Friday, December 12, 2008

Security Philosophy: What does it all mean?

Hey folks - I know it's basically the weekend and I should be headed out but it's been an insane 2 weeks at the office and I just have to get some stuff out of my brain and onto this blog before it falls out to make room for other crap.

This post isn't so much a rant as it is a philosophical approach to a long career protecting IT assets in the field known as IT Security.

Since 1999 I've been working and learning IT Security. Over the years my thinking has evolved from purely seeing things in black and white to a rainbow of shades of gray. I have a few key points here now for your consideration...
  • Security is shades of gray. Over the years I've learned that I cannot give a real answer to the question: Is this asset secure? The reason I can't say yes ever, is because I'd be lying. You security pragmatists know exactly what I'm talking about. We've consistently failed to make an impact to management because we just can't answer the "am I secure yet?" question. The answer is always no.
  • Security isn't an end-game. We're never going to reach a state within our respective arenas whether that's where you work, or where you consult, where we've "won". The bad guys are always going to keep coming, there will be new holes to fill tomorrow, and new security challenges. Most of us see that as a glass half-full because (a) we'll never be out of a job and (b) we've always got something new to do... but it's tiring knowing you're never going to get there.
  • The business doesn't actually care. I've said it. Poll just about any business leader out there and they'll tell you they're doing many things to secure their customer and themselves from hackers. Dig into that or sit in on a project meeting from the inside... and you quickly realize that's crap. Sure, they're willing to invest heavily in security as long as it's unobtrusive, simple, and free. My colleague Russ McRee over at HolisticInfosec.org continually proves that banks, of all verticals, posture themselves as having great security - but in actuality care very very little.
  • It's nearly impossible to measure good security. Isn't that the sad truth? Good security is nearly impossible to measure. How can you tell your upper-management that today you stopped a hacker from stealing a million credit cards from your database? You can't. You can't even say with any reasonable certainty that you've ever done that. We're all selling life insurance folks, hoping the patient doesn't die before we get a chance to cash our paychecks.
This brings me to the main point I've been building up to... and I hope it's almost obvious at this point. I've been asking myself lately... what is it that I've accomplished? Have I made the world a safer place by tirelessly fighting the corporate machine to be more security-minded? Have I moved that needle at all? I'd like to think that I have, and I'd like to say that between the awareness & evangelization, project work in corp. america, and my personal crusades I've changed at least a few important people's minds to be more security conscious. But how do I measure that? The sales folks at my day job measure their success by the dollar revenue they generate for the company... how do I measure my worth to my employer? How do any of us?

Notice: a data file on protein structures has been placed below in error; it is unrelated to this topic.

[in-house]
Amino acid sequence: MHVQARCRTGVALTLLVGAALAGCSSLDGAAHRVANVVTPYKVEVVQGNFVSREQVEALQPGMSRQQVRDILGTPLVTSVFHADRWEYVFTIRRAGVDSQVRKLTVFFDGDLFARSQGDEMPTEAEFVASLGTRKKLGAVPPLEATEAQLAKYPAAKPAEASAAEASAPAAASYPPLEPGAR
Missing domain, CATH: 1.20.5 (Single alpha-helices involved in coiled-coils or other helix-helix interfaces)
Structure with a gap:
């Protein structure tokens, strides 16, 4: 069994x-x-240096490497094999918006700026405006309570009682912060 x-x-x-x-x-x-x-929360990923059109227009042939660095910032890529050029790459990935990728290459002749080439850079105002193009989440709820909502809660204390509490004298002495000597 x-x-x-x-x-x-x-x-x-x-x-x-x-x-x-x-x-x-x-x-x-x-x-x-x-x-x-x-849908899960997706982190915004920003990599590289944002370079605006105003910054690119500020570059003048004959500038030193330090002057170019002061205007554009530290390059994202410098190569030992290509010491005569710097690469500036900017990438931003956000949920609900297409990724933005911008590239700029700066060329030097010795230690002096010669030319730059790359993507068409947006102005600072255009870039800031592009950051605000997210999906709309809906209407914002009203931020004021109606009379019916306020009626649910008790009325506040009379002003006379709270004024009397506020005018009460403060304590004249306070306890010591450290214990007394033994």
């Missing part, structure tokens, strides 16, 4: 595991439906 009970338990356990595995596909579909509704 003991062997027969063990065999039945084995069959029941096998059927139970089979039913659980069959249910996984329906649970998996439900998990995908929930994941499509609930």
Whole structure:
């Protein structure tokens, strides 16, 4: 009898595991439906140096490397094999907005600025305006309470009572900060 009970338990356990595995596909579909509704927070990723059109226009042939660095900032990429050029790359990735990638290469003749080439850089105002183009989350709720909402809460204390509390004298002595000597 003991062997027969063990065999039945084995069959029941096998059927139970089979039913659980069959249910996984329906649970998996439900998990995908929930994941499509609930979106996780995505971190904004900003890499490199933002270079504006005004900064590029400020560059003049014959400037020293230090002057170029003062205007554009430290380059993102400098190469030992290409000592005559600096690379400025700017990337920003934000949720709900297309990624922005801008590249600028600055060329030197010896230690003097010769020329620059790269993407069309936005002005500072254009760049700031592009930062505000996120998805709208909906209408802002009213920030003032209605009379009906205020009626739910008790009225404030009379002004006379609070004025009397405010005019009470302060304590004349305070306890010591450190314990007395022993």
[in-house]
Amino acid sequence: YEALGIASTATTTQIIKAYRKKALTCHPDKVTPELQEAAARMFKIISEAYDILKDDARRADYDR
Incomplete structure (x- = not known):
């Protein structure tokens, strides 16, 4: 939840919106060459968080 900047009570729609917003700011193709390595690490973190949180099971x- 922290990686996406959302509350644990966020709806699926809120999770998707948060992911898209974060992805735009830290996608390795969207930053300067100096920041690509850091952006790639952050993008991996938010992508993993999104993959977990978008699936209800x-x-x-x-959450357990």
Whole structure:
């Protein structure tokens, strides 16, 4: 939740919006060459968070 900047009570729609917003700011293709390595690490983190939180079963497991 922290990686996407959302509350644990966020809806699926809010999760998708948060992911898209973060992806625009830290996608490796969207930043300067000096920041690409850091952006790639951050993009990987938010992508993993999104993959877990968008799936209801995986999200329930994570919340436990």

I know what you're thinking, what a way to start a weekend... but it's been building over the past several months and I've got some research coming soon that'll help make me feel a little better. Stay tuned. And don't let your job drive you to drinking :)

2 comments:

Alex said...

I'd really challenge many of the assertions you're making here. I mean, I feel your pain, but I know people who are having success.

Businesses (including the large banks I work with) do care, but only once you're able to communicate your value. That does take measurement, but that's not measuring security, it's measuring "risk".

And risk must be measured using different metrics than "medium" or "57" or "6.4" - they must be metrics that are meaningful to decision makers ($ and time).

Second, I wholeheartedly believe you can measure "risk" and "security". It's not easy, and there aren't very many people doing a good job at it, but there several satisfactory approaches out there.

Rafal said...

@Alex: Don't confuse my despondency with an inability to do my job effectively. I've been at this since late 90's so I've gotten quite good at demonstrating business value in security; and IT risk as a component of business risk... it's just that I can't help but feel that no matter how well I do my job... we all do our jobs - people still don't care. Ultimately, businesses will write-down losses due to security exposures and move on ... people will ultimately not care (see TJX case) and that leaves us to do our jobs, saving the unwilling from themselves.

... and that's a sad state of affairs.

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